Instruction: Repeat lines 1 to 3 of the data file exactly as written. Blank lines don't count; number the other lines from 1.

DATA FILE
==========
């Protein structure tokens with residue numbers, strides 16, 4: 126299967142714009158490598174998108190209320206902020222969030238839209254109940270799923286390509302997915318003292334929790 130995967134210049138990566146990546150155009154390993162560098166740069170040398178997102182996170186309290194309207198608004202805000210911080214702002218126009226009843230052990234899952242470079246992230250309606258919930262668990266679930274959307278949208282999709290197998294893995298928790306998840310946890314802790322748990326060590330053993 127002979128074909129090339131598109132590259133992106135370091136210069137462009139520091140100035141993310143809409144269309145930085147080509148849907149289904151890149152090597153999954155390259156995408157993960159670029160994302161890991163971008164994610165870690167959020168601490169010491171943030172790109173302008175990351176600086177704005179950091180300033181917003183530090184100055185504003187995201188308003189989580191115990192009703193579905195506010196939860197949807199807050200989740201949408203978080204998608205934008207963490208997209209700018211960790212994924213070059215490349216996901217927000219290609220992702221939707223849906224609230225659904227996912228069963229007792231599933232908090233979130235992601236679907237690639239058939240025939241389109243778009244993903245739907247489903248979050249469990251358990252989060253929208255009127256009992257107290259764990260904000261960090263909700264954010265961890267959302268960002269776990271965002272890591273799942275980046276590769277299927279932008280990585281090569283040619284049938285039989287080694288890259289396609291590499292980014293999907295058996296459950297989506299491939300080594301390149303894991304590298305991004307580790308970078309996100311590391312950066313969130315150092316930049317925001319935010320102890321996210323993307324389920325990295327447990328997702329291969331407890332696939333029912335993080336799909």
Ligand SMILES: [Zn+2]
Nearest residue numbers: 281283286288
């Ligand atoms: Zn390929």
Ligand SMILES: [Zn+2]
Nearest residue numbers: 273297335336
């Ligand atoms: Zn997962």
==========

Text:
């Protein structure tokens with residue numbers, strides 16, 4: 126299967142714009158490598174998108190209320206902020222969030238839209254109940270799923286390509302997915318003292334929790 130995967134210049138990566146990546150155009154390993162560098166740069170040398178997102182996170186309290194309207198608004202805000210911080214702002218126009226009843230052990234899952242470079246992230250309606258919930262668990266679930274959307278949208282999709290197998294893995298928790306998840310946890314802790322748990326060590330053993 127002979128074909129090339131598109132590259133992106135370091136210069137462009139520091140100035141993310143809409144269309145930085147080509148849907149289904151890149152090597153999954155390259156995408157993960159670029160994302161890991163971008164994610165870690167959020168601490169010491171943030172790109173302008175990351176600086177704005179950091180300033181917003183530090184100055185504003187995201188308003189989580191115990192009703193579905195506010196939860197949807199807050200989740201949408203978080204998608205934008207963490208997209209700018211960790212994924213070059215490349216996901217927000219290609220992702221939707223849906224609230225659904227996912228069963229007792231599933232908090233979130235992601236679907237690639239058939240025939241389109243778009244993903245739907247489903248979050249469990251358990252989060253929208255009127256009992257107290259764990260904000261960090263909700264954010265961890267959302268960002269776990271965002272890591273799942275980046276590769277299927279932008280990585281090569283040619284049938285039989287080694288890259289396609291590499292980014293999907295058996296459950297989506299491939300080594301390149303894991304590298305991004307580790308970078309996100311590391312950066313969130315150092316930049317925001319935010320102890321996210323993307324389920325990295327447990328997702329291969331407890332696939333029912335993080336799909």
Ligand SMILES: [Zn+2]
Nearest residue numbers: 281283286288